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Applied deep tissue massage

Also called Rolf therapy or structural integration, Rolfing is a holistic bodywork system that uses deep manipulation of the body's soft tissue to realign and balance the body's myofascial structure.

Ida Rolf began developing her system in New York in the 1930s with the main goal of organizing the human structure in relation to gravity in order to help the chronically disabled unable to find help elsewhere. Her method which involved a programme of deep-tissue massages was originally called Postural Release.  Later it became know as Structural Integration but became known as "Rolfing" in 1971 when Ida Rolf founded the Rolf Institute of Structural Integration.

Rolfing seeks to restore the fascia that surrounds most muscle mass has been put to the test of subjective research and proved effective.  Fascia is is a structure of connective tissue that surrounds muscles, groups of muscles, blood vessels, and nerves, binding some structures together, while permitting others to slide smoothly over each other and is central to the biomechanical organization and activity of the body. A simple description is that fascia wraps around muscles to give them added support.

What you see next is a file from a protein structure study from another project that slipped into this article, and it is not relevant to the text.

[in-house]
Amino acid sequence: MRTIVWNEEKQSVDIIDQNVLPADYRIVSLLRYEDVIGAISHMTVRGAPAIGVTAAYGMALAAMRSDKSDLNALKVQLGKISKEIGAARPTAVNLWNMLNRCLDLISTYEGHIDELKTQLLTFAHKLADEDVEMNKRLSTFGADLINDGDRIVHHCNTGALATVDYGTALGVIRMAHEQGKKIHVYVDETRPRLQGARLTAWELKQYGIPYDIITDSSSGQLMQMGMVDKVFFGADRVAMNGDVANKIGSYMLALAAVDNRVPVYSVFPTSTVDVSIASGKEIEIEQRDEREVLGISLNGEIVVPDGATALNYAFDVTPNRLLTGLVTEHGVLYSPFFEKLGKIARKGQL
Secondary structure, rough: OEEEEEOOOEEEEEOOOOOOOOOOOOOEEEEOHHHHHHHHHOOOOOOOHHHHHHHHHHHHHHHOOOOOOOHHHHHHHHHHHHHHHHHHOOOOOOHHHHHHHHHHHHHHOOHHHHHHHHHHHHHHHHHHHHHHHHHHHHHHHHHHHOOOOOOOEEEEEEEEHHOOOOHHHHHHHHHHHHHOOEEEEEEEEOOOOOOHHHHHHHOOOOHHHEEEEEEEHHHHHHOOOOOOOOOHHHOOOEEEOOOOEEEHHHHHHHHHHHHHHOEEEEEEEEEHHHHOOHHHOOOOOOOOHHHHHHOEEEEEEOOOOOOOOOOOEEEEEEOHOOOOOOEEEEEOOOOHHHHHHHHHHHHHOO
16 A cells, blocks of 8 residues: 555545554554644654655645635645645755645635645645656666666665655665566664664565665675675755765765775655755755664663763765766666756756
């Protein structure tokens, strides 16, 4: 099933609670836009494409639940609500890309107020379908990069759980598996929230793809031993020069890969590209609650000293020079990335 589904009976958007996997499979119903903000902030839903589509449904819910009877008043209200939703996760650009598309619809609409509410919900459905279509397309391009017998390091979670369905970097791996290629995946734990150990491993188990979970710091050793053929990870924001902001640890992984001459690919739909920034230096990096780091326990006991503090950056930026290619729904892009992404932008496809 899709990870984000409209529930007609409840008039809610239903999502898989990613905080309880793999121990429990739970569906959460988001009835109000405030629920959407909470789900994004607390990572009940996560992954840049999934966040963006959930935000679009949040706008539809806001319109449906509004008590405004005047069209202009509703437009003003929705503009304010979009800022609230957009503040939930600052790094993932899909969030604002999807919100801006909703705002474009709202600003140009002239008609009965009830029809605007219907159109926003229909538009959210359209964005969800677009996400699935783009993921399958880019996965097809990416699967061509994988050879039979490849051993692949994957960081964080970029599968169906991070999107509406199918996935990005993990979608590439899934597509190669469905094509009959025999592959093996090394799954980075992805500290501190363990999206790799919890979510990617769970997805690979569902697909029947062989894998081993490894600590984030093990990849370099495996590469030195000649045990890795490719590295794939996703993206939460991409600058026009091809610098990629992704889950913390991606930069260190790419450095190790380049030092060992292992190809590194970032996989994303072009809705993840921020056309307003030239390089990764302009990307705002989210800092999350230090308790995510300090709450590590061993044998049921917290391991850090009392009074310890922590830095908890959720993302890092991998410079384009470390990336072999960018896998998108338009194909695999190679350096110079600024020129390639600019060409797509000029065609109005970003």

New research has found that fascial tissue can replace inactive muscles and that Rolfing, myofascial release and deep tissue massage can balance the muscle / fascial balance and thereby restore function in many cases.

The human fasciae factor prominently in the discussion among professional Structural Integrators as it's primarily concerned with the overall balance of the arrangement of the human body as it lives in the field of gravity.

Research and general acceptance

There is a growing amount of mainstream scientific research documenting the effectiveness of Rolf therapy. A 1988 study published in the Journal of the American Physical Therapy Association indicated that Rolfing stimulates the parasympathetic nervous system, which can help speed the recovery of damaged tissue. Other studies done in the 1980s concerned the effectiveness of Rolfing in treating figure skaters and children with cerebral palsy. In 1992 a presentation was made to the National Center of Medical Rehabilitation Research regarding Rolfing in the treatment of degenerative joint disease. A 1997 article in The Journal of Orthopedic and Sports Physical Therapy reported that Rolfing can provide effective and sustained pain relief from lower back problems.


Books on Rolfing

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